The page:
“I was waiting for them to high jack my soul for Jesus”

April 12, 2016


(Camilo Freedman/APHOTOGRAFIA/Getty Images)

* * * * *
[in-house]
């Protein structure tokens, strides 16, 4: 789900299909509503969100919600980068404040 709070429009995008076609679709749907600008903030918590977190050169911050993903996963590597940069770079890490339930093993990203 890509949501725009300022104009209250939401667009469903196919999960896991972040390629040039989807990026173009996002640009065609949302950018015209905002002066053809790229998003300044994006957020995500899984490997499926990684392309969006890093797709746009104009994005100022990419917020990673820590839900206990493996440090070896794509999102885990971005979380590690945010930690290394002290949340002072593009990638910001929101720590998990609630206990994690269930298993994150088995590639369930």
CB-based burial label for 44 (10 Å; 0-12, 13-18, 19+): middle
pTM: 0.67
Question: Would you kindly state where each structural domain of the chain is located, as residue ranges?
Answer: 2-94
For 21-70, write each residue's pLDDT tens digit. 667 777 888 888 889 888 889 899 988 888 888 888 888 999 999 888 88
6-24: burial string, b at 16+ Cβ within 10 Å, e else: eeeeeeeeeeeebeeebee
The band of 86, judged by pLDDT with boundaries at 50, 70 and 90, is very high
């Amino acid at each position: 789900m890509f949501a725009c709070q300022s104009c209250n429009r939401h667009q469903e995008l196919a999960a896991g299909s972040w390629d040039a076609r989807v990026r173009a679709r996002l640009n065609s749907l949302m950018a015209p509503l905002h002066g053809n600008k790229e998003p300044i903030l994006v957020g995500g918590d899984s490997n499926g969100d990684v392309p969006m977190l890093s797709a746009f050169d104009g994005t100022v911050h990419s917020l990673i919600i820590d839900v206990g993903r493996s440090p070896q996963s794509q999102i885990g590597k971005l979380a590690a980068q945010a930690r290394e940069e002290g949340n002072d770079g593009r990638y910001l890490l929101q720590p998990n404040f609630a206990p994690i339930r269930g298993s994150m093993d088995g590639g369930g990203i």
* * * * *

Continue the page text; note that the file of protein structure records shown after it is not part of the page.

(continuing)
Today I did something I haven't done since childhood. I attended church. I had met the 'preacher' at a LGBT Pride event last year when the church opened their doors to us. The church is a United Church. Anyway, the topic was First Nations & reconciliation. It was very surreal sitting in a room full of majority non-native people. I could go my entire life in segregated systems that are entirely of my own people. So this was very different for me. I sat there waiting for the service to take a sharp turn and spiral into the devil, sin, and damnation. I was waiting for them to try to high jack my soul for Jesus. I had my guard up and I was on high alert. But this did not happen. All the First Nations churches I grew up attending were like this and even the on-reserve funereal services I've attended are like this. Most churches seem to be against our ways and our people. This was very different. They were very welcoming and open. They began with a prayer to the four directions. They spoke about the issues. They spoke about solutions. It was done very respectfully and heartfelt. I appreciated that. Growing up I heard the Elders say not to make fun of or hate on other people's religions. This is just not our way. I can see where others have lost their ways and now through history - only have hate for these churches. That is your own personal journey you must take in this life. Our culture is who I am and on that foundation I lay everything else upon. I know who I am. This church was not trying to take that away from me. I am grateful for that. So from a child, never hearing anything but contempt for our ways from the church, to coming full circle as an adult feeling very much hope from the church. We do not have to be a part of their spirituality to offer our love to them. Today reminded me that reconciliation works both ways. Today I think, quietly, healed that little Indian boy who attended churches that told him he was wrong. I may never go back again. But I left feeling that maybe one of these people here will actually go out with a changed perspective. I thought maybe one of these people will take action. At the end of the day, I am still very much First Nations and accept our ways as who I will always be. I am not saying 'go to church!' I am not saying abandon our culture. What I am saying is there is hope to find through love. Maybe reconciliation is at it's core about the simplest yet most hardest emotion - love.